Webster defines the word reconciliation as “the act of causing two people or groups to become friendly again after an argument or disagreement”
It is common among those who deal with PTSD to find themselves in conflict with those around them. Whether it is among family members, spouses, friends, co-workers or neighbors. Conflict seems to be an issue that comes up frequently as we deal with our PTSD symptoms. Conflict happens. Some conflicts are resolved quickly and are forgotten. Other times conflict goes on for a while but at some point there is a resolution to the conflict. Then there are conflicts that take place and the result are long-lasting and may even bring relationships to an end. I call these conflicts devastating conflicts. These are the worse conflicts as they destroy the relationship between two people and bring pain and hurt to all involved. These devastating conflicts can last for years or even a lifetime. They have the real possibility of bringing so much pain and hurt that there is no probability of reconciling. Even in the best of relationships there are conflicts that happen. Conflicts are not reserved just for veterans or those who suffer from PTSD. However, devastating conflicts often take place within the relationships of those who suffer from the symptoms of PTSD. Some of the reasons are we have a tendency to hide and cover up our emotions. Some do so to “protect” those around us. We do not want our families and friends to know the horror we went through in war. Other times we are focused on self-medication as we try to forget the trauma we witnessed or were involved with. As we focus more and more on self-medication whether it be substance abuse, risky behavior, withdrawal and dissociation or other forms of self-medication. We pull further and further away from those who love and care for us. We freely give up the love and concern of our loved ones and friends to embrace our own self-medication as a way to cope with our PTSD.
Continue reading “Finding Reconciliation”
I have thought about doing some video recording to add to my blog and I finally decided to give it a try. I thought since today is Good Friday it would be a good day to try my first video by reading the crucifixion account from the Gospel of Mark and providing a few comments after. The ending is a little rough, but as I continue recording they will become smoother. Please let me know what you think and if I should continue to add videos to my blog. Thank you so much for your support, please feel free to like and pass the website onto your family, friend and veterans you may know.
I took the words to heart and accepted them to mean I was unfit as a minister and I was unfit as a person.
“The Officer is unfit because this condition prevents him from being able to perform the required activities of his AOC (56A, Chaplain Officer).” The first time I read these words on my Physical Evaluation Board (PEB) report on 03 October 2014 just one day after my 47th birthday I was devastated. I had spent 21 years in the Army giving my all, doing everything I needed to do in order to be fit for service. In just one moment, someone I had never met, signed his name to the PEB and sealed my fate and future as a Chaplain in the United States Army. I was now officially deemed to be unfit to continue serving in the Army. My career had come to an unceremonious end, it was over and all the schooling, training, experience and work had come to a crashing halt. There would be no retirement ceremony, no retirement party, no gathering of friends and family congratulating me for a career well done. There would not be any wacky gifts or cards, no rocking chair to sit in to anticipate the reminder of my life. There would be no awarding of the Legion of Merit in appreciation for a full and successful military career. I will always be 3 ½ years short of twenty years on active duty, I will never be a retired officer, I will always be a medically retired officer who is unfit for continued military service.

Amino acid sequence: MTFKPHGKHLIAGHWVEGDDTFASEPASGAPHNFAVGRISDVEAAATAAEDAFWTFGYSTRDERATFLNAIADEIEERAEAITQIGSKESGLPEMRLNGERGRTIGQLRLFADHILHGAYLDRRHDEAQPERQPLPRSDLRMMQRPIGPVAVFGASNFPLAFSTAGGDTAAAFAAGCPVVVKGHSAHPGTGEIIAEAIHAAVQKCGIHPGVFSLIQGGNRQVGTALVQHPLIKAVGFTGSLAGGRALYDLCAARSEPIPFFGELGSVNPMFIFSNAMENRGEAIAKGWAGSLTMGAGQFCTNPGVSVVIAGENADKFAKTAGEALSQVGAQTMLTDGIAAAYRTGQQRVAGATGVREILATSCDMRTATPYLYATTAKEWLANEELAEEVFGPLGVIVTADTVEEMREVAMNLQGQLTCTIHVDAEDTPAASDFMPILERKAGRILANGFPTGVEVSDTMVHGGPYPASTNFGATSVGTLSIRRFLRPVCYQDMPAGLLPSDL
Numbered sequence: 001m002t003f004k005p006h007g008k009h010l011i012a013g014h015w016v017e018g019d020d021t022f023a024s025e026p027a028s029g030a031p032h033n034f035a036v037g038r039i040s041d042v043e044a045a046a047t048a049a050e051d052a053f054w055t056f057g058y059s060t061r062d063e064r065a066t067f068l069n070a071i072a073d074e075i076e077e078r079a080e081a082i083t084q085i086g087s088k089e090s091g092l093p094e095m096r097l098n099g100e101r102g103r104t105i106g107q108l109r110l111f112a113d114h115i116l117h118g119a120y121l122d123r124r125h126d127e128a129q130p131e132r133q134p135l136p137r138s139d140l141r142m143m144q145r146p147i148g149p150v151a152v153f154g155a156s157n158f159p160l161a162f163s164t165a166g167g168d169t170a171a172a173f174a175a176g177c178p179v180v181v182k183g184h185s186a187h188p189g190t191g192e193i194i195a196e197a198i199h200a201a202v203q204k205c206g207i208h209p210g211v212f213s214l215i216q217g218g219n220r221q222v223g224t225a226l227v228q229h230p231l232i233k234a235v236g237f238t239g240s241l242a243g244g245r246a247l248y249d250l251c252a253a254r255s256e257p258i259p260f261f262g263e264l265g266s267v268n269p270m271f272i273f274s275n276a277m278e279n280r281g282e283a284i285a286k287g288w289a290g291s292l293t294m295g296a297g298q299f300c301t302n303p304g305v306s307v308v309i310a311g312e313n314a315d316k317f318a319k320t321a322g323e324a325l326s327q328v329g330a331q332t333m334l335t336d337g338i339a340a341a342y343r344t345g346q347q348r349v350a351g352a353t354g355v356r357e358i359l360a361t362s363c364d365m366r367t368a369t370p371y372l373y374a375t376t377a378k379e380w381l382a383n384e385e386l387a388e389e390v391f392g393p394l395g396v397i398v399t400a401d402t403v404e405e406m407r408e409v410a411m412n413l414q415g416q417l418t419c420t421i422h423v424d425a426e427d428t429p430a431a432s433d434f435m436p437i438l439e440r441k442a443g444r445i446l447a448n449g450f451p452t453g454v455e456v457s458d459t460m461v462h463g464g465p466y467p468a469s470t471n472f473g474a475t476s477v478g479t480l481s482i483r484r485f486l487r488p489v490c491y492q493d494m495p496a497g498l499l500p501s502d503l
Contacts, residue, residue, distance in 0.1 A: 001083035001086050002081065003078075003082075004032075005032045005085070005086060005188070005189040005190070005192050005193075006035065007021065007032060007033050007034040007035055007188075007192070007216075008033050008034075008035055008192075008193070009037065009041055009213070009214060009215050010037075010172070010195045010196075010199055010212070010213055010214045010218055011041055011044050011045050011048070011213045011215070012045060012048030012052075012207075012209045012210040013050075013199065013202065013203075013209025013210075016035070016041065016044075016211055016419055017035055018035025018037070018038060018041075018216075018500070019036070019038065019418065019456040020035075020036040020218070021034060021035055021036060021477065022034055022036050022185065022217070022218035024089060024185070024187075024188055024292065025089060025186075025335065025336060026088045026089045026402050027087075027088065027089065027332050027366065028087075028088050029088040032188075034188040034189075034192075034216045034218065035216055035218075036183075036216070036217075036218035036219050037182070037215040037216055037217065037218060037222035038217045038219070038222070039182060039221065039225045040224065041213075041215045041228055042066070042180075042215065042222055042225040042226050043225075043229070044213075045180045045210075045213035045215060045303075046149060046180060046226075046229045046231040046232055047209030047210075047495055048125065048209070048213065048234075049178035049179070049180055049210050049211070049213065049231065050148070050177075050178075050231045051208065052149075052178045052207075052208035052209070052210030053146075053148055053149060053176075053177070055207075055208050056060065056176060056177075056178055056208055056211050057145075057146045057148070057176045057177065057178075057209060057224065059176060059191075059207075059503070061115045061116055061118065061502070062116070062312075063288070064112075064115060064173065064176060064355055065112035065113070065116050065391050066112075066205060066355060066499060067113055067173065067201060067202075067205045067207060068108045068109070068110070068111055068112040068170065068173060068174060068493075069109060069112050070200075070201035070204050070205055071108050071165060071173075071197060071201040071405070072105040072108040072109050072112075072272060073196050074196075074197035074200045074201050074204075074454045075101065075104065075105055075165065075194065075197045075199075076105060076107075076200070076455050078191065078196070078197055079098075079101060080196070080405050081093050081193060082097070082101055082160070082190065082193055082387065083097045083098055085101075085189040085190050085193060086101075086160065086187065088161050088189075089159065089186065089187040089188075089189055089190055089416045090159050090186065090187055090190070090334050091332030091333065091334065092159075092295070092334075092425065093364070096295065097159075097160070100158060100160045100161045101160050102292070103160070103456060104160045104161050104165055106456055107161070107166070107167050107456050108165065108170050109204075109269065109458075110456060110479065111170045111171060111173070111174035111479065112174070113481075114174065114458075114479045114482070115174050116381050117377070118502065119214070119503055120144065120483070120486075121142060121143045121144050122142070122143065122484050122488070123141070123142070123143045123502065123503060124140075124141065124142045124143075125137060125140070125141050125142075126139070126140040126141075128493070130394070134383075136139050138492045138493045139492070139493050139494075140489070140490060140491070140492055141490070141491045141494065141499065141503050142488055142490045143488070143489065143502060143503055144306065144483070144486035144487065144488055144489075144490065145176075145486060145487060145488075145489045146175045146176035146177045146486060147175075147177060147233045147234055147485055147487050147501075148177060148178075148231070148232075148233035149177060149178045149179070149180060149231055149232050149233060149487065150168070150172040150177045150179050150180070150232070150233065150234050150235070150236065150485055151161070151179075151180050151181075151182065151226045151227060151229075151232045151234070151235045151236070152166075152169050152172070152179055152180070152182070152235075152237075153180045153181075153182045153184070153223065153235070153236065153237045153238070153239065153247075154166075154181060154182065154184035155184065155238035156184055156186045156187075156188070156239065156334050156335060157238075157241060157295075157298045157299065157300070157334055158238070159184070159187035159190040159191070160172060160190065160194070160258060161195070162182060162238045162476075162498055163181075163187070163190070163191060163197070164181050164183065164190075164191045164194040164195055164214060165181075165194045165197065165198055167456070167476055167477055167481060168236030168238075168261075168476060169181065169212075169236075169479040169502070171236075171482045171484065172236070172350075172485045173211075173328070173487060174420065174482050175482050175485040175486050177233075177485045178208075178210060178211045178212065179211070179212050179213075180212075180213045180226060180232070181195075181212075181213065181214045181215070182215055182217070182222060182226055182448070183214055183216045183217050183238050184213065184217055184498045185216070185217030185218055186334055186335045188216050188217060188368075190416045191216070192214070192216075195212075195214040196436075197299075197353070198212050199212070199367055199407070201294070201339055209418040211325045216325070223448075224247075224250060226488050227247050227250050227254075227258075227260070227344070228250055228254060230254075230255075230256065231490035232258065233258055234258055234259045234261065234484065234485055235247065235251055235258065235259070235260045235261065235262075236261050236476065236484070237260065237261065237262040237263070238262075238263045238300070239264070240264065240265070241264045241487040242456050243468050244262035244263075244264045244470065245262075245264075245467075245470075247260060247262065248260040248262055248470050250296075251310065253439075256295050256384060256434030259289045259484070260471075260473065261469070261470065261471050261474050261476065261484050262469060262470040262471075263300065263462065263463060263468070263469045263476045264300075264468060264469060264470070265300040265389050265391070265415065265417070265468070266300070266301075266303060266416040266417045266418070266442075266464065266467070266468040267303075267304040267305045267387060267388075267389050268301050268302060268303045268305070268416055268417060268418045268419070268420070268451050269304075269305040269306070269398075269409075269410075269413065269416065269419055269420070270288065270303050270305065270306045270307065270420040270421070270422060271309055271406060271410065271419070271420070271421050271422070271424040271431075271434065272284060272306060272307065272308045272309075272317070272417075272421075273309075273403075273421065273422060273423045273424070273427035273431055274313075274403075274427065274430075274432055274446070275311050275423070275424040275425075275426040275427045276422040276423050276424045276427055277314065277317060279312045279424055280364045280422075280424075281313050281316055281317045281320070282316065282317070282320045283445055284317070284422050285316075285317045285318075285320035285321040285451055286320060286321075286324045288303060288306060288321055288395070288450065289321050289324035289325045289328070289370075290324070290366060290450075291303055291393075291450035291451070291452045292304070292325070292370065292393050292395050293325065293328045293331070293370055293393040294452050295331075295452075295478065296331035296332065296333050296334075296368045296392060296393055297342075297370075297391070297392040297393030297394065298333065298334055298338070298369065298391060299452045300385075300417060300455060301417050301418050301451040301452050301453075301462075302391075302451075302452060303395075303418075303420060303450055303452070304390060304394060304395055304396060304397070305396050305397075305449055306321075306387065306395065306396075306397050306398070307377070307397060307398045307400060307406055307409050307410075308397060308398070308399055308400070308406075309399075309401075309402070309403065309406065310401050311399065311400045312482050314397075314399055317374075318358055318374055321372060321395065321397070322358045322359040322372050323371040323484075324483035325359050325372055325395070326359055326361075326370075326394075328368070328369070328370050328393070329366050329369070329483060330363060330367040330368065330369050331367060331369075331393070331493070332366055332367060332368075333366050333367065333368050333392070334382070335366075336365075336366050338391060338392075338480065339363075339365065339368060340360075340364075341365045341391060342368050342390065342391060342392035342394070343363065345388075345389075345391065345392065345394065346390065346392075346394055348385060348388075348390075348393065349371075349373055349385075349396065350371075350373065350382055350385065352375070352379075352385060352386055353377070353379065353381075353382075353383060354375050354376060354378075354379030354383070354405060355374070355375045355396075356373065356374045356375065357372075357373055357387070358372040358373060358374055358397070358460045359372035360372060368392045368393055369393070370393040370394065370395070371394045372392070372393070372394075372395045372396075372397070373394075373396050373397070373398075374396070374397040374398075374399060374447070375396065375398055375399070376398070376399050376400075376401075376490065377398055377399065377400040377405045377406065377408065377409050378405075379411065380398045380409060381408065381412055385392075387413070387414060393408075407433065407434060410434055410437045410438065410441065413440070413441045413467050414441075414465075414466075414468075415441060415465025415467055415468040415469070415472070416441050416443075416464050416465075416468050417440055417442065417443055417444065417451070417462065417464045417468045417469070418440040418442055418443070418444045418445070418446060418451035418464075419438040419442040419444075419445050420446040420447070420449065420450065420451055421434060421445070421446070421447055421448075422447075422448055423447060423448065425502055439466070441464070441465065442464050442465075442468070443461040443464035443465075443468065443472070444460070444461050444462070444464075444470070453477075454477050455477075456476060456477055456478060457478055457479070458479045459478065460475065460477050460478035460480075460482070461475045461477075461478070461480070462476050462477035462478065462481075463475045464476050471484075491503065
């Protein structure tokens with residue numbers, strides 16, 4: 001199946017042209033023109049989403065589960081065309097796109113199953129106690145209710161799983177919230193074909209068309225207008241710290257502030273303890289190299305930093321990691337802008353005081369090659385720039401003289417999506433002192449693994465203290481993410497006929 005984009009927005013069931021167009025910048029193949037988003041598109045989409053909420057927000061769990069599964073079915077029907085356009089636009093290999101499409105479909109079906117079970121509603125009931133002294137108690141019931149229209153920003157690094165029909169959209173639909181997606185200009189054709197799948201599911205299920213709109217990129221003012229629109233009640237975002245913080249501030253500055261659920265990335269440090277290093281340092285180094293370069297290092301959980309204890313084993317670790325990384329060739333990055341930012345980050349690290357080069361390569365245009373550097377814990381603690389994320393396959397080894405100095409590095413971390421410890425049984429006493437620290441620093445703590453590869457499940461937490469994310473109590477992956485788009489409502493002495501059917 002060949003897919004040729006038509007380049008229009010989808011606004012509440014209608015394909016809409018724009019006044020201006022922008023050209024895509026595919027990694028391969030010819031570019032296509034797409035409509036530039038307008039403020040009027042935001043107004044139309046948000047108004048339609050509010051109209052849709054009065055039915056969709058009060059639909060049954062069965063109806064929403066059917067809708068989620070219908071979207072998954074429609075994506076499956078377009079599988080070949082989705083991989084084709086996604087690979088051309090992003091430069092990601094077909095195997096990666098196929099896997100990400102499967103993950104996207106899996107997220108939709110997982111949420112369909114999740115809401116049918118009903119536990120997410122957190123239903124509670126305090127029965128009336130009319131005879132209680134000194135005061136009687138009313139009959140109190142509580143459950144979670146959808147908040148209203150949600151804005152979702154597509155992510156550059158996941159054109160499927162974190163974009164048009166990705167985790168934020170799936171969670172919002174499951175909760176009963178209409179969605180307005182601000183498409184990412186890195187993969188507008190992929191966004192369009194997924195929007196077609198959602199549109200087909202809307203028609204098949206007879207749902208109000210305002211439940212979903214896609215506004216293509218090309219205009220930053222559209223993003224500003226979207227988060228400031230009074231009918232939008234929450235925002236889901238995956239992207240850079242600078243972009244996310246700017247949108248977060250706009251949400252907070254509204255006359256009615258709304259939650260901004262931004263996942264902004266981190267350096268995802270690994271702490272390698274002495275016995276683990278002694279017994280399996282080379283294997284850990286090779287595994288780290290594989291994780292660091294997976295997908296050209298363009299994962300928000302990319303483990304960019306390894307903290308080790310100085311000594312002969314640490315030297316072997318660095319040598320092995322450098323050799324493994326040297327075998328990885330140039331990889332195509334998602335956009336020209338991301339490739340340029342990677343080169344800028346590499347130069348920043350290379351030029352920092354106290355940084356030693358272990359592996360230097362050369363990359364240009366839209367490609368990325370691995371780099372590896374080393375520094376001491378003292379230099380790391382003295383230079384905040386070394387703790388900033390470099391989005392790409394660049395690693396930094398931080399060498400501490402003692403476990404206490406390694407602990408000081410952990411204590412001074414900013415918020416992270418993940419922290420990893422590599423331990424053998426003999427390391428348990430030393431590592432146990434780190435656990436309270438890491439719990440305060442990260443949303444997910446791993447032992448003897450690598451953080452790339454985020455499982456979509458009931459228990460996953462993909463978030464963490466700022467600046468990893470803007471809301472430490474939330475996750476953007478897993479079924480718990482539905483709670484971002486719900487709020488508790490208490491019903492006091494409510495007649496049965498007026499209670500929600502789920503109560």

This simple phrase “unfit for continued military service” has haunted me for years and will continue to haunt me for many years to come. I loved being in the Army, I loved being a chaplain, I loved the discipline, the structure of the Army, the camaraderie of being a part of a team that is larger than oneself, the pride that comes from wearing the uniform of the United States Army. Was the Army perfect? Not even close. Was everyday roses and unicorns? No, although some days were. Were there days that I came home declaring this is it I’m done with the Army? Yes, there were more than a few days. Was I tired of being deployed, missing birthdays, holidays and special days? Yes. But I still loved being in the Army. I miss the good days, the great days, the excitement and the pride of being a Soldier. I miss standing in formation, hearing a command and instantly responding to the command along with everyone else in the formation. I was not ready to stop being a part of the active Army; I was still looking forward to years of active service.
Continue reading ““Unfit For Continued Military Service””